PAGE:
June 22, 2008
June 22, 2008
June 25, 2008
Educational Research and Methods
13.250.1 - 13.250.20
II: Perceptions of engineering and of engineering design
Faulkner  describes the practice of professional engineers as a tension between being a ‘technicist’ and the true ‘heterogenous’ nature of their work. Both men and women see technical work as ‘real’ engineering, and believe that one’s engineering identity revolves around technical skill. However, engineering practice requires many other skills which are not technically oriented. Engineers who were more focused on the non-technical aspects (such as project management or client liaison) felt that this had an impact on their identity as engineers.
Here we present some results that suggest men and women have different conceptions of engineering design, which we posit may have an impact on their engineering identity.
Defining and Doing Engineering
The definition of engineering varies widely and depends on its source and purpose. The National Academy of Engineering (NAE) acknowledges that engineering has been defined in many ways and adds that it is often referred to as the “application of science” because engineers take abstract ideas and build tangible products from them. Engineering is also defined as “design under constraint,” because to engineer a product means to construct it in such a way that it will do exactly what you want it to, without any unexpected consequences [NAE]. ABET states that engineering is “the profession in which a knowledge of the mathematical and natural sciences gained by study, experience, and practice is applied with judgment to develop ways to utilize, economically, the materials and forces of nature for the benefit of [hu]mankind” [ABET 2008].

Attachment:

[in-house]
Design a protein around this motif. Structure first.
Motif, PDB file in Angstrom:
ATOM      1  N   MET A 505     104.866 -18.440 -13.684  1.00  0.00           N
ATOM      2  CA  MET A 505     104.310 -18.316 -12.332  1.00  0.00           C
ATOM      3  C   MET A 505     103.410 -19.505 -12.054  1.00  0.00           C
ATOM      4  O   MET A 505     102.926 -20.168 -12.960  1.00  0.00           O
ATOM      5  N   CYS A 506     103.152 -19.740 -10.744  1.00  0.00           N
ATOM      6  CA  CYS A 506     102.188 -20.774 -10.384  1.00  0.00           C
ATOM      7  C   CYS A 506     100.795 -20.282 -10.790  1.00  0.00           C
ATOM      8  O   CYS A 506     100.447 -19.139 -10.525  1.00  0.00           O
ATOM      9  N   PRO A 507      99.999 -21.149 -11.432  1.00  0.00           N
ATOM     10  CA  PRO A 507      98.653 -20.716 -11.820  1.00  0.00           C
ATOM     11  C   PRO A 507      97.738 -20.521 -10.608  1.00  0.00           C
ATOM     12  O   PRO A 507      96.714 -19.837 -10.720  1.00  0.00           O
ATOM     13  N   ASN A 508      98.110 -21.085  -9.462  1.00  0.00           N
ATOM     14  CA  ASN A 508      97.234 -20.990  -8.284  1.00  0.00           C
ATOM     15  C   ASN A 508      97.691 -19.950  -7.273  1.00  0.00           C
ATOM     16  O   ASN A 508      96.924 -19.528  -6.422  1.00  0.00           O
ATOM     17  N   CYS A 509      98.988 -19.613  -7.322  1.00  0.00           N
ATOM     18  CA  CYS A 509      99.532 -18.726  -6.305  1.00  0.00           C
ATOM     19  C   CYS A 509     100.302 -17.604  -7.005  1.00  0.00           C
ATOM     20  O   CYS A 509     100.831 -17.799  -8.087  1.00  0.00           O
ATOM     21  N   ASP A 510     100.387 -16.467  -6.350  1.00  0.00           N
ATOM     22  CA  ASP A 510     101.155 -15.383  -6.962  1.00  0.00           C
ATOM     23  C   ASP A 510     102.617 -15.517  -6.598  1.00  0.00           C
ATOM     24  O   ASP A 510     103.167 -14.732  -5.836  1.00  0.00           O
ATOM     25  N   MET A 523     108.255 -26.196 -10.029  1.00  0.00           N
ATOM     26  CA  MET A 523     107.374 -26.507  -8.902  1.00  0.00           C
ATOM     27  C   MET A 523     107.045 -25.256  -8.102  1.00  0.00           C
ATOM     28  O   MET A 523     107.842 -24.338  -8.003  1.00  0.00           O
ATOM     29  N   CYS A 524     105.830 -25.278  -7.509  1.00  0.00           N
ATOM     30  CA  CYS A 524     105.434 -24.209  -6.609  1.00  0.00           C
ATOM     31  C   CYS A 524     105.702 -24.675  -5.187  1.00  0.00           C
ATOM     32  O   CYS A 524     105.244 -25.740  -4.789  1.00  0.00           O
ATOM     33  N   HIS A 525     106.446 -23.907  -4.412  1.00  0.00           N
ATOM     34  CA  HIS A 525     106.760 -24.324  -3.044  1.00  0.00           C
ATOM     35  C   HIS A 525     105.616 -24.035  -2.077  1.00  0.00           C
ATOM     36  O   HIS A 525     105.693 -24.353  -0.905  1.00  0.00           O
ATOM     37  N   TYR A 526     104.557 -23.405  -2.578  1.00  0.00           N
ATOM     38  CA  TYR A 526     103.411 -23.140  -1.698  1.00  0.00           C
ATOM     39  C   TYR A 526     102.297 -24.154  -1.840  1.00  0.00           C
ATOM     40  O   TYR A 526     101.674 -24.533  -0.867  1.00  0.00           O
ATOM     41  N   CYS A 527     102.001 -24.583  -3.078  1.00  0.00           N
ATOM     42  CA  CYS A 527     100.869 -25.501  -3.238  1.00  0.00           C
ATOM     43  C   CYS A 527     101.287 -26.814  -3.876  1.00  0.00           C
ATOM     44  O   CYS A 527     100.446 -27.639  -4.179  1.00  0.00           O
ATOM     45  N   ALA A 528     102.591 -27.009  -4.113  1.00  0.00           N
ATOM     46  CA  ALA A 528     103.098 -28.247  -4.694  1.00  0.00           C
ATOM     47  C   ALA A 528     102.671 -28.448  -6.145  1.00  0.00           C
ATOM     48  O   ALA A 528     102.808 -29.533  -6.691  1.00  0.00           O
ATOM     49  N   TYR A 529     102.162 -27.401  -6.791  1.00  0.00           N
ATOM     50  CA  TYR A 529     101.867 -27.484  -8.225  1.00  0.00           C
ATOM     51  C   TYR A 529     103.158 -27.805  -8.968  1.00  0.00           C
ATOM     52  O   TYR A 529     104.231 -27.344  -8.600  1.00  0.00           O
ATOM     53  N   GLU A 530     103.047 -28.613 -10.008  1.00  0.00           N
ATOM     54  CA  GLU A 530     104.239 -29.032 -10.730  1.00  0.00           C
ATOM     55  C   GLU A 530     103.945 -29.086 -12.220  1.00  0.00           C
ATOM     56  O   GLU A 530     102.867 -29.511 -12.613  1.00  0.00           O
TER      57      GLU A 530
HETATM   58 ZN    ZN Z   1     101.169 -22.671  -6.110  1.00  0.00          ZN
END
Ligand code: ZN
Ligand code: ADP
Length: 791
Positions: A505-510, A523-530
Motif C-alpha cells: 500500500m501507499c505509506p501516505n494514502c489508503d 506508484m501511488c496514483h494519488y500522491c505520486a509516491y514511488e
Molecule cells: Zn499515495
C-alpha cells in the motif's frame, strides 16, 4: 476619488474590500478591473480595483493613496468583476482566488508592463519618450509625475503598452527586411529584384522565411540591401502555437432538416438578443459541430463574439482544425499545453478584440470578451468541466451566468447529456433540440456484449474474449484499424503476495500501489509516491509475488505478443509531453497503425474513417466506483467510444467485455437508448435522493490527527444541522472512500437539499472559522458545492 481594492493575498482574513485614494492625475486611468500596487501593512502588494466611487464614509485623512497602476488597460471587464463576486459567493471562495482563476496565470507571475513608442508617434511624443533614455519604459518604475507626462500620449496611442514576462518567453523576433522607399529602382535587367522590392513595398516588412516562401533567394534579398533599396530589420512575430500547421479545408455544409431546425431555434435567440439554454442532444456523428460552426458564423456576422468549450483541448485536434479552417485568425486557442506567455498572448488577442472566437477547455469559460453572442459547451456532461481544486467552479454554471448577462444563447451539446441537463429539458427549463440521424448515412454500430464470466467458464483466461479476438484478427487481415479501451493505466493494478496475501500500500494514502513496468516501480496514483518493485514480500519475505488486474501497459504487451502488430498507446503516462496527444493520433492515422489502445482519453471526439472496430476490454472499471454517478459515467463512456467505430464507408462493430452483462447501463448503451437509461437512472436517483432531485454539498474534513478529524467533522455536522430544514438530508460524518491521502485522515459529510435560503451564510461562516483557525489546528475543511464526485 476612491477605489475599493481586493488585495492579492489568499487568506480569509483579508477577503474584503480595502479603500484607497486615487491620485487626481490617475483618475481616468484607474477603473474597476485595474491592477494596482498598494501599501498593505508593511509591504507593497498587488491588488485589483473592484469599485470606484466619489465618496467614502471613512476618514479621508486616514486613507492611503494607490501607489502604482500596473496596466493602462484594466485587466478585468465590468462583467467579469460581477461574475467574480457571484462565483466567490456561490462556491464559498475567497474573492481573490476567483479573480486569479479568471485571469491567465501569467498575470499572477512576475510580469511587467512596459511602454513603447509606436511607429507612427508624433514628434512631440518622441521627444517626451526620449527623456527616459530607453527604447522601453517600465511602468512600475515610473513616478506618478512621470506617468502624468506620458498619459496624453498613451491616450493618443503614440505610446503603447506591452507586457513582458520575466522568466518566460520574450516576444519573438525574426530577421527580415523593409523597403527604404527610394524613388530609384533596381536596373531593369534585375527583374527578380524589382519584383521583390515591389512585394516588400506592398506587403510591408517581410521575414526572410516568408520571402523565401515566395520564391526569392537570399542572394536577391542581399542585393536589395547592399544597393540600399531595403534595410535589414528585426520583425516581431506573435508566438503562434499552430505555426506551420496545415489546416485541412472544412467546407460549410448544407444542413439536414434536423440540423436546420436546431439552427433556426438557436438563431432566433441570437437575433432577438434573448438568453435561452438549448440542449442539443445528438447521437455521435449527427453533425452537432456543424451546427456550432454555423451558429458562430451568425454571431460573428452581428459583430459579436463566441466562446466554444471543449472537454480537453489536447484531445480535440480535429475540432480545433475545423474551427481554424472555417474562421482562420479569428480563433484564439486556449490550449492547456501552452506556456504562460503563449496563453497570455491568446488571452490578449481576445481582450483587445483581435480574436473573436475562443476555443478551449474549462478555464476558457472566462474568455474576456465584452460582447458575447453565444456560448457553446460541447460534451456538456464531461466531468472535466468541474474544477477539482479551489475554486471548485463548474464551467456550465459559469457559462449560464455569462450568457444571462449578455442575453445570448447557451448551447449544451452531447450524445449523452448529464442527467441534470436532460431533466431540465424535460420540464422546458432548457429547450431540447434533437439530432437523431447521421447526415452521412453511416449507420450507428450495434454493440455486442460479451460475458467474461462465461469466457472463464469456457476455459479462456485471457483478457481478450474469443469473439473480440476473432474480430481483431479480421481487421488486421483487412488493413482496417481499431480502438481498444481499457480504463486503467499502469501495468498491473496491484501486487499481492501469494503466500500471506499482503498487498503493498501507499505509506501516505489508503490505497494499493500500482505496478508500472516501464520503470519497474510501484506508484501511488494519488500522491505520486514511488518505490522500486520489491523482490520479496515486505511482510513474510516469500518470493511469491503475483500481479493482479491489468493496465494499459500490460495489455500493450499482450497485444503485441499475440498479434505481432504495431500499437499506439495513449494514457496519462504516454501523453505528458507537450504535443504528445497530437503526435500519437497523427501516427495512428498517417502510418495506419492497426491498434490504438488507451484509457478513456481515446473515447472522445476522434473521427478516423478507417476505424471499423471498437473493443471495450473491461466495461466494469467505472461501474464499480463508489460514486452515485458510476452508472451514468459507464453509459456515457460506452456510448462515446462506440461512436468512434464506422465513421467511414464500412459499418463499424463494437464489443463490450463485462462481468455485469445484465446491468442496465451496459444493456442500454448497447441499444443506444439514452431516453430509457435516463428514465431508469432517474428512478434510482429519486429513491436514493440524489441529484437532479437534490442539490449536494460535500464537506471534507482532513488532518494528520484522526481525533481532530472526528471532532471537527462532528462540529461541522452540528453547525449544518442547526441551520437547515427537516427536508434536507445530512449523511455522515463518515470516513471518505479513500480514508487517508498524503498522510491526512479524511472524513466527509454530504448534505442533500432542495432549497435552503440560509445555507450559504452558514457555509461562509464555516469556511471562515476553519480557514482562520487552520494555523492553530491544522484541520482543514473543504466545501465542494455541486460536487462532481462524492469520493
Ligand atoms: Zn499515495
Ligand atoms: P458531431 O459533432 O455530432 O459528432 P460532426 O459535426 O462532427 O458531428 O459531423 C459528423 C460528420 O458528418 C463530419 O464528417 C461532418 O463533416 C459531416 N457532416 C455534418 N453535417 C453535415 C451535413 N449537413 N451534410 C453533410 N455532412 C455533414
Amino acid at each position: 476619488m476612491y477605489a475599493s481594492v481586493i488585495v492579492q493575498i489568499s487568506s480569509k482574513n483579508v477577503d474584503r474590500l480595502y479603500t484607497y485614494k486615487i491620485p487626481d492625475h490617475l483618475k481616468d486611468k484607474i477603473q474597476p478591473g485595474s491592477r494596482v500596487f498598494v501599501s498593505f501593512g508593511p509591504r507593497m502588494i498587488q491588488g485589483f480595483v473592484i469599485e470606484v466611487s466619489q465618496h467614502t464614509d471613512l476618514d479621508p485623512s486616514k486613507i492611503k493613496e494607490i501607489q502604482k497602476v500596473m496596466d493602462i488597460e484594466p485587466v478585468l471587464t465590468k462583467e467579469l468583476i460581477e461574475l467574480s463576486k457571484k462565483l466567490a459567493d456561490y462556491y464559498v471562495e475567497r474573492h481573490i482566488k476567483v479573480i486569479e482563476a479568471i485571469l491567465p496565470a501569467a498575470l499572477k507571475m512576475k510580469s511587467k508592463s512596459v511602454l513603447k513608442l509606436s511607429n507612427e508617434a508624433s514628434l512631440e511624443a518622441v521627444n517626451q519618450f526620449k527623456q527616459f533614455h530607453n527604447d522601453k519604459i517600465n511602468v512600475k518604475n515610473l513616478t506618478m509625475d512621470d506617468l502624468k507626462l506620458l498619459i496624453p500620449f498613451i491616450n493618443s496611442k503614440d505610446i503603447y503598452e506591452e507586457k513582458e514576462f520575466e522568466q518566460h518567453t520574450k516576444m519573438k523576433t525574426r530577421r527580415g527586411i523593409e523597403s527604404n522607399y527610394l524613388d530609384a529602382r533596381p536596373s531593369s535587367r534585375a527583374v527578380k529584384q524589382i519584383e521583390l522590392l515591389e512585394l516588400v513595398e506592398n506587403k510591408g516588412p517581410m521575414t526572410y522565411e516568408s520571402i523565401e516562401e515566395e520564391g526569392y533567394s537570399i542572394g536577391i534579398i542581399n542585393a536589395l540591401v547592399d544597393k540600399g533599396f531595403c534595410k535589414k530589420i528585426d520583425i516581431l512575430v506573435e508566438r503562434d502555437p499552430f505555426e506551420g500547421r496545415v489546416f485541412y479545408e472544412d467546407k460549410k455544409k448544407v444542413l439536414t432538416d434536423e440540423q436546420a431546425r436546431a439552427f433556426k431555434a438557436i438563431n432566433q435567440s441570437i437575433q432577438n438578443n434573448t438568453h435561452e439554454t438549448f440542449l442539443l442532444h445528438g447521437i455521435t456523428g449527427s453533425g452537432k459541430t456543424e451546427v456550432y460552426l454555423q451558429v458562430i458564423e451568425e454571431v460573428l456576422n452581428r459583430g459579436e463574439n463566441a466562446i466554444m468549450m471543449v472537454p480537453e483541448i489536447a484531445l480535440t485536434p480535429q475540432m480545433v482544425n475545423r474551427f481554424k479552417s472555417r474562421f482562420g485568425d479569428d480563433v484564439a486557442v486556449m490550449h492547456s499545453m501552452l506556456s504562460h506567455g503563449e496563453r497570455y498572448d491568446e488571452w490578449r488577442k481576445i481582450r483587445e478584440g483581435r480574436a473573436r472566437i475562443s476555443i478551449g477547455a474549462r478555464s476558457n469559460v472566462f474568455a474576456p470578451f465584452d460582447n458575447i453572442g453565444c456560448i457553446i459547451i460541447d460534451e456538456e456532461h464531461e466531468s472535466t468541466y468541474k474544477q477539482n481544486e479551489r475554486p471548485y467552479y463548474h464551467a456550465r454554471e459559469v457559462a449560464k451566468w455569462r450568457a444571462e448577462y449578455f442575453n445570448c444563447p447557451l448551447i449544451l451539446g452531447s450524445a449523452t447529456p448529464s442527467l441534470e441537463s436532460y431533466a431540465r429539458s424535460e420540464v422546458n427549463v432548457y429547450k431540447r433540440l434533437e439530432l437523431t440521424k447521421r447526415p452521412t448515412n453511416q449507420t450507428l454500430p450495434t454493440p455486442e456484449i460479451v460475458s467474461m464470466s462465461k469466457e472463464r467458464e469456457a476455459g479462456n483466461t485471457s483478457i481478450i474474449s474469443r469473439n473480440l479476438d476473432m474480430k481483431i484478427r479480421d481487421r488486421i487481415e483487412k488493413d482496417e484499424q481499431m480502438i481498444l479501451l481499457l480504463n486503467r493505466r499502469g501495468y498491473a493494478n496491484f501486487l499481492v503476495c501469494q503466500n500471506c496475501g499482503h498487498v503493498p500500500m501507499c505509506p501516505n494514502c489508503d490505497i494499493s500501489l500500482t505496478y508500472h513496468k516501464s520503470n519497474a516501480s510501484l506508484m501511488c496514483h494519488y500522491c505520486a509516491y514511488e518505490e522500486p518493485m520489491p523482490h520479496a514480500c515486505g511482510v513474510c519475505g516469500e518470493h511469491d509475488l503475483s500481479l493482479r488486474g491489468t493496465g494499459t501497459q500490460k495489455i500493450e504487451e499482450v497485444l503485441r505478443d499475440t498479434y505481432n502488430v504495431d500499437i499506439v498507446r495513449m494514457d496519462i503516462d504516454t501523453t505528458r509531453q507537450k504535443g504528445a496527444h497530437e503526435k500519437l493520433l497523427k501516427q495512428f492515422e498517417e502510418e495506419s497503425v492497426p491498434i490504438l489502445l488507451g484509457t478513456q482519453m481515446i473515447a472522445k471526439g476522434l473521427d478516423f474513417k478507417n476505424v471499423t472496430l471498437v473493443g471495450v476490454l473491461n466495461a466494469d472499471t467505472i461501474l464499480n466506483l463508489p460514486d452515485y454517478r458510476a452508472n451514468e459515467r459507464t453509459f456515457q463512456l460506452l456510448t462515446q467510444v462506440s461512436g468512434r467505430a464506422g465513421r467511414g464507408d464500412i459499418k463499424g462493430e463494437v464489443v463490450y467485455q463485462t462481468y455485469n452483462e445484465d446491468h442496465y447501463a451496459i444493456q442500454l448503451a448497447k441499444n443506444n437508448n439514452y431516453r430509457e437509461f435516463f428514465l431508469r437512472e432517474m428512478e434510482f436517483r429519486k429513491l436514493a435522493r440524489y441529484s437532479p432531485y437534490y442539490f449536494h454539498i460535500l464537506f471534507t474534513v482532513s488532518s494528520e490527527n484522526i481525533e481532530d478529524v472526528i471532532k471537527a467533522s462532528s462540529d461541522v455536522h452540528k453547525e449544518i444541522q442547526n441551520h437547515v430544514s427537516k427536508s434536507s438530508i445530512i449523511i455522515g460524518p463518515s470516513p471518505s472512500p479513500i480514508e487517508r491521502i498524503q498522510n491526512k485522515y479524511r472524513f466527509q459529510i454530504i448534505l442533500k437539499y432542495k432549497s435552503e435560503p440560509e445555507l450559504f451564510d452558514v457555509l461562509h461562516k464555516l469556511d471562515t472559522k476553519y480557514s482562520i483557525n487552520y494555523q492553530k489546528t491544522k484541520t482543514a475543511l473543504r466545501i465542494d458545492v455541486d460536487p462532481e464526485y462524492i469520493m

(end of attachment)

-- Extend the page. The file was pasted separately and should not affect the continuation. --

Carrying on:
We explored how students perceived engineering at various academic levels, and whether male and female engineering students had different understandings of what engineering is and what engineers do. Structured interview data were collected from study participants in their first, sophomore, and junior years. Study participants were asked, “In your own words, would you please define engineering?” Student responses were expressed across a wide range of anticipated responses and were captured as emerging themes (see Table 2). Some sample responses include:
• “…I hardly thought about that before…designing new materials…” (Year 1 Female)
• “…an occupation that requires technical knowledge, critical thinking, and problem solving techniques” (Year 3 Female).
• “The practice of analyzing, and problem solving, and inventing, and building… creating” (Year 3 Male)
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